RSA is a division of EMC Corporation that offers security products to businesses and government agencies. RSA’s flagship product is SecurID, a combination of two-factor authentication tokens (hardware and software) and the associated server software used in their implementation. This product aims to deliver secure remote access, including access to critical infrastructure. In 2009, it was estimated RSA had “about 40 million tokens and 250 million mobile software versions deployed in over 25,000 organizations”, including banks, government, manufacturing, and pharmaceutical companies (Rashid, 2011). In this paper we will examine the 2011 breach of RSA involving the SecurID product, the incident response and recovery, mitigation strategies, and discuss the ramifications of such private sector breaches on overall incident management and response.
RSA discovered the attack while it was still in progress (Gov InfoSecurity, 2011). Once discovered, RSA’s Computer Incident Response Team began to monitor the attackers to determine the extent of the breach, discovering that data pertaining to their SecurID tokens had been exfiltrated (Rivner, 2011). RSA executive chairman Art Coviello describes the discovery by stating, “We were disappointed when we realized they'd exfiltrated information related to SecurID, and then we totally went into customer-focus mode. [We asked] how are we going to communicate this to customers, how are we going to make sure that we mitigate any potential risk, what exactly is the risk” (Espiner, 2011). RSA began to harden their IT infrastructure to mitigate any further damage. However, there appears to be no public data on what specific hardening steps were taken by RSA.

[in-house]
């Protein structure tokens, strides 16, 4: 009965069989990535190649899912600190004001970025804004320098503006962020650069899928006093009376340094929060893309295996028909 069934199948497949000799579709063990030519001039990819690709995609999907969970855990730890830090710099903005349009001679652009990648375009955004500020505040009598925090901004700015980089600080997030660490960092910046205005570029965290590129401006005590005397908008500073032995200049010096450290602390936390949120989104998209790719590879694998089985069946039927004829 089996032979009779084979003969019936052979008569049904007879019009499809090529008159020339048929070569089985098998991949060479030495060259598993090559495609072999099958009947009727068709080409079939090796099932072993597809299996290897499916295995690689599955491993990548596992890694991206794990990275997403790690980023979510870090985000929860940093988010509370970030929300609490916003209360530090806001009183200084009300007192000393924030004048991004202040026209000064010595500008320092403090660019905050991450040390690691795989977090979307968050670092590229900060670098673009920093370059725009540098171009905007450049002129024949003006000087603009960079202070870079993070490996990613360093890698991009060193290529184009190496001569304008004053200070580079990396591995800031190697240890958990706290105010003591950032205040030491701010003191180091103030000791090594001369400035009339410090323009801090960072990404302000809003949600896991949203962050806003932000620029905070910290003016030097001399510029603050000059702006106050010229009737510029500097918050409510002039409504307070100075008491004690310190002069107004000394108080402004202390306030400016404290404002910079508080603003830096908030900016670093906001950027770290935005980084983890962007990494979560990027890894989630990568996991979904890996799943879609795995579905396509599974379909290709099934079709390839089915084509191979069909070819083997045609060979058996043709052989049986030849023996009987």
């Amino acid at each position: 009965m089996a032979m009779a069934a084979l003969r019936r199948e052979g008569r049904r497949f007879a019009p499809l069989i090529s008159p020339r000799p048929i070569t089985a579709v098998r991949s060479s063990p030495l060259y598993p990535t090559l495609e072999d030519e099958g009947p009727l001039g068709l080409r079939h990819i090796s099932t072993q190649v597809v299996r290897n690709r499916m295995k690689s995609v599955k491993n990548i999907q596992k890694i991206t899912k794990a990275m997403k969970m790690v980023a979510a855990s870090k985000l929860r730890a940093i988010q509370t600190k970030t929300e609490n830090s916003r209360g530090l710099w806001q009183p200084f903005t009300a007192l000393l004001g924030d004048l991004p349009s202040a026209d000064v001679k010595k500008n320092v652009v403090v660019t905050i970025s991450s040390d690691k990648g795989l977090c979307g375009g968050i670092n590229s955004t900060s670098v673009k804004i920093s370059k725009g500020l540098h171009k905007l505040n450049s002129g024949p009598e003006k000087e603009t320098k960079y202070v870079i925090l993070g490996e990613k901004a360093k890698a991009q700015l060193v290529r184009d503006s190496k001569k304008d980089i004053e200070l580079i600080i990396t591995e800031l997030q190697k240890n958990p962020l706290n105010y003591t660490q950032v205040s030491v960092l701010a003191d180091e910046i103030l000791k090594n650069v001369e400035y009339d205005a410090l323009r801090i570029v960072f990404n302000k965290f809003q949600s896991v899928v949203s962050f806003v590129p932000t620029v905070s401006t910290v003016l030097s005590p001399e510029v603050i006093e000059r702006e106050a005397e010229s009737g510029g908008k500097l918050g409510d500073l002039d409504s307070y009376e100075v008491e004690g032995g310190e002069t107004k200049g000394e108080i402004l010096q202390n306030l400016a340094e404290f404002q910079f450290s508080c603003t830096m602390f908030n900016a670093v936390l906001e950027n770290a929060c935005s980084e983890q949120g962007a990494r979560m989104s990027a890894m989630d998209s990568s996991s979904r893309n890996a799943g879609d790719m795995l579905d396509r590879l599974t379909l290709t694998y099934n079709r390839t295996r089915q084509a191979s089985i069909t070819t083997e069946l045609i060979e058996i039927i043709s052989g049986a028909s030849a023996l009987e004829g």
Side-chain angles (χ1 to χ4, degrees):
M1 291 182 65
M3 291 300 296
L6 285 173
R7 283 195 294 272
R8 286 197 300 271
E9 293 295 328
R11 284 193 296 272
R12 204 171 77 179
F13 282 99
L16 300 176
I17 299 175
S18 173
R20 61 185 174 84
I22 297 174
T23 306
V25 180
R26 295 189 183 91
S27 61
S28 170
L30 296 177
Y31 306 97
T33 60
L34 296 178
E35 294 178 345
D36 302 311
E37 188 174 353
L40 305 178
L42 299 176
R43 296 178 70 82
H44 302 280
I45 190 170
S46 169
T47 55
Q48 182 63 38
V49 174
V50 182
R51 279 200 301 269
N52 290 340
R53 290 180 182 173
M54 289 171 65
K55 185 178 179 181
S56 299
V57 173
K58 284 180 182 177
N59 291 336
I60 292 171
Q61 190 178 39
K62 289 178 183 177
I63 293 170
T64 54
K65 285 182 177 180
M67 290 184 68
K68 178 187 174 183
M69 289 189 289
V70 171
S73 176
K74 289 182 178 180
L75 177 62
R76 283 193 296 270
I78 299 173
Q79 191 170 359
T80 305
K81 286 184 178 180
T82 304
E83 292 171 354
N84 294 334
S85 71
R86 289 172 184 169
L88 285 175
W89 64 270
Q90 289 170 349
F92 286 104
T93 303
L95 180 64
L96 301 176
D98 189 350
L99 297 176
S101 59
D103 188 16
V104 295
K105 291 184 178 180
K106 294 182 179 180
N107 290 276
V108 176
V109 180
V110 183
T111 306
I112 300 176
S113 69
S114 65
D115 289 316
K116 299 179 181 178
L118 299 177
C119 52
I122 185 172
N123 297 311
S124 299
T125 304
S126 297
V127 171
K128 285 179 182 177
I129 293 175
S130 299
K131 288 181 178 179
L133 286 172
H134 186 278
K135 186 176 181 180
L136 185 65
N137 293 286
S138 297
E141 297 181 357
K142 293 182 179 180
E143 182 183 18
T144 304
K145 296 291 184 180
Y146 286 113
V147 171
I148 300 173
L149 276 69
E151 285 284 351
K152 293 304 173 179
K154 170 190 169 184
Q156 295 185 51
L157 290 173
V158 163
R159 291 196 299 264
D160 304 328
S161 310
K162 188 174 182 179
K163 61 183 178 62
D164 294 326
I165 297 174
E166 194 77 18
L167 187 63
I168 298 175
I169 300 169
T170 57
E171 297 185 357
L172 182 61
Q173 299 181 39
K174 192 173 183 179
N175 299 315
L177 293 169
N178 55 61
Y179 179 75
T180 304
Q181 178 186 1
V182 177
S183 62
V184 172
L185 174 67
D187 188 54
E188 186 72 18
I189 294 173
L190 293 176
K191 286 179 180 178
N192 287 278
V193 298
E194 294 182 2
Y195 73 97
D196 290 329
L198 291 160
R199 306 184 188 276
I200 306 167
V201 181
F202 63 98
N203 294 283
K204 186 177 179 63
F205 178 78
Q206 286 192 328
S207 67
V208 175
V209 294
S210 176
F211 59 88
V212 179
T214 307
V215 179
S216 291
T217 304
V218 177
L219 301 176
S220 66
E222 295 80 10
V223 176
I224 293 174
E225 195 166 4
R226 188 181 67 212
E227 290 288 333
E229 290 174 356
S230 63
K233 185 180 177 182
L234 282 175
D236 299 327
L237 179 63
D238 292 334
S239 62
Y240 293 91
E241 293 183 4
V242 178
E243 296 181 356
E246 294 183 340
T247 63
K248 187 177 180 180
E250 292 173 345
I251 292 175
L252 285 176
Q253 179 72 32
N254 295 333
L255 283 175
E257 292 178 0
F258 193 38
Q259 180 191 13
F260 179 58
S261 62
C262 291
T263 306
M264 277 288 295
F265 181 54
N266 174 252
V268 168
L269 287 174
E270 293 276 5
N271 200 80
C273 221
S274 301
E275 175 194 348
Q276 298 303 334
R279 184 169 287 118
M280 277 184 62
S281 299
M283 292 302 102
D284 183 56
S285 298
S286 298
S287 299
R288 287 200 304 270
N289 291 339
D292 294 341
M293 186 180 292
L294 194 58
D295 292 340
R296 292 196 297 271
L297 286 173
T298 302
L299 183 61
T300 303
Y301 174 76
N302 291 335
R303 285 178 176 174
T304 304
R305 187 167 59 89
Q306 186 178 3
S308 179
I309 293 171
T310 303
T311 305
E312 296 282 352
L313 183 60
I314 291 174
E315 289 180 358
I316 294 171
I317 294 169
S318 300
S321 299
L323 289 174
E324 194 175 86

RSA publicly announced that they had been breached and began working with authorities. The Department of Homeland Security (DHS) was involved both during and after the attack (Bank Info Security, 2011). Through a coordinated effort, RSA worked with law enforcement, the intelligence community, and other commercial entities.
RSA’s actions stand in contrast to many corporations that do not acknowledge breaches of sensitive information systems for fear of alarming shareholders and exposing the corporation to lawsuits (Gross, 2011). Even when evidence points to nation-state involvement (most often China), many companies still refuse to acknowledge breaches. The “fear of offending the Chinese and jeopardizing their share of that country’s exploding markets” is reason enough to remain quiet (Gross). Despite mounting evidence, the “U.S. government, for its part, has been fecklessly circumspect in calling out the Chinese” (Gross).
Recovery after the breach at RSA was not limited to the RSA environment. Due to the widespread implementation of RSA tokens across industry and government agencies (and its contractors) the breach had far-reaching implications across multiple sectors.
In an attempt to mitigate potential attacks on its...